Warrior Words: First impressions

You don’t get a second chance to make a first impression. The first impression is a critical part of life, and they happen all the time. The first day at a new job, a soccer try-out, or an audition for the school play can go horribly wrong, or amazingly well depending on the impression you make. From the very first moment, you’re being evaluated, summed up, and profiled into an impression that becomes interchangeable with your name. Good or bad, they’re hard to shake.

For seniors, one of the biggest (and scariest) first impressions is happening right now. The Common App essay is the first impression that colleges get of you. You have 650 words to sell yourself to someone who knows nothing about you, maybe not even your name. Yet somewhere between the endless grammar checks and trivial synonym searches, there is an immaculately crafted piece of writing that paints an exquisite image of exactly who you are.

As with any first impression, you can’t be overly showy and loud, or else everyone will think you are obnoxious. Yet, you also can’t be too quiet and safe; then you will be tossed aside with all the other mundane applicants. Your essay has to be an incredibly flattering portrait of yourself and your writing ability.

Some advice: Don’t use thesaurus.com to replace simple words with more abstruse words that you, nor the person reading your essay, know the definition of. (In case you’re wondering, abstruse means difficult to understand). Don’t waste your hours looking for some profound realization about the universe and the origins of life that has no correlation to you and who you are. My plan is to do what I’ve been told by my parents to do on the first day of school every year since the Miller-Driscoll days; be yourself. You can make a good first impression by just giving an impression of yourself. Of course, the challenge is making a memorable impression on colleges that read hundreds, if not thousands, of first impressions every single day. There are a lot of star students at Wilton High School. What we have to do is convince colleges that we are the shining star for them, and perfect to be pulled into the gravitational field of their planet (preferably one with good food and nice dorms).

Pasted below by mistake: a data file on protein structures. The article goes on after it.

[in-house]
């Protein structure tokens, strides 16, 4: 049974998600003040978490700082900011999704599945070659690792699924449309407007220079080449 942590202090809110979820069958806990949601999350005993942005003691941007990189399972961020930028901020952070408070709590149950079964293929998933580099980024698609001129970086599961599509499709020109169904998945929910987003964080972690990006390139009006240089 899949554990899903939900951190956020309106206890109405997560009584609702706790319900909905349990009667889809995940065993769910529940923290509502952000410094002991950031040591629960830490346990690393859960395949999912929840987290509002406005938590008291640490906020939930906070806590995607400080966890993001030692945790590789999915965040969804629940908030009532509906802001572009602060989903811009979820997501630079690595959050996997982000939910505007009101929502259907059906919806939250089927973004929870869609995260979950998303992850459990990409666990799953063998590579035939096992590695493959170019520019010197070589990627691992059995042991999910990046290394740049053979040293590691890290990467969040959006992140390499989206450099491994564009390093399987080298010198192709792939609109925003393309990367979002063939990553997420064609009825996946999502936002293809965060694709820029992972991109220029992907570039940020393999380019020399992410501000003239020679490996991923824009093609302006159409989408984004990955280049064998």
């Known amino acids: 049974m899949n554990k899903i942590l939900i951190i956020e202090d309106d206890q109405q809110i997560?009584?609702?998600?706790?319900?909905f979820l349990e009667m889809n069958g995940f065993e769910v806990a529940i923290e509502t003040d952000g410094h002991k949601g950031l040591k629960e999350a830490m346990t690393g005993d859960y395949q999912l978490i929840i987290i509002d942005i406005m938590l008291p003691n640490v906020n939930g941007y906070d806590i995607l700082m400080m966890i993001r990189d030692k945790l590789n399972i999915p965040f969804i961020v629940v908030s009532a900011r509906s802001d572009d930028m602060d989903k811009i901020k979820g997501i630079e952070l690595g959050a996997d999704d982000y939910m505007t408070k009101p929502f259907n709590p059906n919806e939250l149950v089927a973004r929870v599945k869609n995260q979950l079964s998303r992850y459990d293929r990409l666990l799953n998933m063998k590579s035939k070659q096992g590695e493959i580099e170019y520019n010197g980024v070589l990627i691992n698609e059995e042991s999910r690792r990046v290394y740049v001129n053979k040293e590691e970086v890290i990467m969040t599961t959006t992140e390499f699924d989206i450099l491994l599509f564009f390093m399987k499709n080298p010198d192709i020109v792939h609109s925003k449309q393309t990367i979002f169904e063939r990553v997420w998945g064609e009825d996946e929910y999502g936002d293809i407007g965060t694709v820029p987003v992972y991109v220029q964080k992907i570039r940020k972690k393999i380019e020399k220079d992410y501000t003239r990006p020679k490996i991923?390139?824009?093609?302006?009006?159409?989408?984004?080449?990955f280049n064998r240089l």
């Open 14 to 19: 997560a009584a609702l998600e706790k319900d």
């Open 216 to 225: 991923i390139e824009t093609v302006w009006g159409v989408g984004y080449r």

You don’t get a second chance to make a first impression. In this case, that's a good thing, because once I hit send, I’m done with the Common App essay. My first impression in 650 words or less will show a background, identity, interest, or talent that is uniquely me. It is the first impression, and it is done.


Julia Vitarelli is a senior at Wilton High School. She shares this column with four classmates.